Thursday, 16 August 2012
Gippsland Electorate: Sale Specialist School
I appreciate the opportunity to bring to the attention of the House the appalling conditions which are currently being endured by students, staff and parents associated with the Sale Specialist School. The Sale Specialist School is in desperate need of a new site and a purpose-built facility to meet both current needs and future expansion opportunities for students with special needs in my community. The students at the Sale Specialist School are enduring the worst conditions of any school in my electorate. I challenge others in this place to find worse conditions anywhere in Australia for students with special needs.
When the school was built, it was to cater for 15 students; there are now 77 students studying across the two campuses, one of them being a temporary campus. The classrooms are small, cramped and inadequate, and they would not be tolerated by any mainstream school. I have had the chance to visit the school twice this year and meet with parents, teachers and the students themselves. I must say I am appalled by the conditions that the students are enduring. There is no therapy room for speech or physio work or specialist allied health services; they are all conducted in the corner of a storage room at the moment.
Outside playtime for the students has to be rostered because not all the students can fit in the playground at the same time. The situation is worse for the middle year students, who have been moved to a temporary site. The previous Labor state government promised the school that they would be at the temporary site for three to five years. Well, it has been five years and we still have not secured any land to build a new facility. This temporary facility is really a collection of old portable buildings on the back of the Sale High School. These are old portable buildings which other schools have discarded, and they have been cobbled together in something that we are referring to as a temporary campus for these students. While most other schools have a school gymnasium, the Sale Specialist School kids have a shipping container in which to store their sporting equipment; and on days of inclement weather there is no area for them to play anyway because there has been no landscaping on the grounds around the temporary facility.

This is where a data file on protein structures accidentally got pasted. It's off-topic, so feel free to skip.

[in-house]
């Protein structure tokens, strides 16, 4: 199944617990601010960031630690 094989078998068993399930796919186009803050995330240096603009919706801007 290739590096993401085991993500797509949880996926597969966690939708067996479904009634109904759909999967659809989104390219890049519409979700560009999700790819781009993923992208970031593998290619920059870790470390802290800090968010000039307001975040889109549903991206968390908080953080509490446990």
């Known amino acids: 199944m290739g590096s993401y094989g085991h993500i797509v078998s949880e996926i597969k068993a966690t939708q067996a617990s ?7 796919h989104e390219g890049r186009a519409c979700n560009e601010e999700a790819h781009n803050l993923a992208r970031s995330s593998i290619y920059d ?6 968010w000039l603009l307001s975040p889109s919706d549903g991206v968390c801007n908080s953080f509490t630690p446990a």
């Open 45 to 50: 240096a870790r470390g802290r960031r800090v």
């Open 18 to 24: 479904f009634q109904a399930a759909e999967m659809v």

This school community has been patient for too long. They have been waiting their turn for funding for many, many years now. They were failed by the previous state Labor government, which promised to secure some land for the Sale Specialist School. That never came to fruition. Unfortunately, under the Building the Education Revolution program, this school was failed again by the federal government—because they did not have any land available for expansion, they missed out on their money. Their share of BER funding was about $800,000—that money was absorbed into other schools in the Gippsland region. So the Sale Specialist School has missed out twice, and has no reason to trust either state or federal governments when you see the conditions the students are enduring at the moment.
I despair that we have got ourselves into a position where we have 77 students in a facility which does not even meet the basic needs of students with disabilities in any way, shape or form. I also despair because, across my electorate, under the BER program we got a lot of new halls, basketball stadiums and everything else, but we have this school with the greatest needs and it got nothing at all. That, I think, is the greatest failing of the BER: it did not actually address needs; it was a one-size-fits-all approach. That has been very disappointing for the parents and staff associated with the Sale Specialist School.
On a slightly positive note, I can report to the House that the local state member, Peter Ryan, who is the Deputy Premier of Victoria, and I have met with a delegation from the school. In conjunction with some local real estate people, Peter has taken steps to locate a potential site for a new development. I would hope that the acquisition of the land is not that far away at all. We will then have something to move forward with so the community can lobby both state and federal governments to get on with the job of actually providing these kids, staff and their parents with the type of facility they deserve—particularly because in the 21st century we know much more about the educational needs of kids with disabilities. It could be that in the next six months we will have to turn away some new enrolments from the Sale Specialist School because we cannot cope with current demand. That would be a tragedy for those students and their parents.
In closing, I echo the words of the Principal of the Sale Specialist School, Shelagh Donegan. She wrote to me and said, 'It is a disgrace that we have reached this stage without intervention.' I can only say in this place here this evening that I stand ready to work with the school community and the state government—and the federal minister if at all possible—in partnership with the local community to make sure this project is a priority in the future. We need to secure the land and get on with the design work and actually get these kids into a decent facility because the students at the school have waited too long.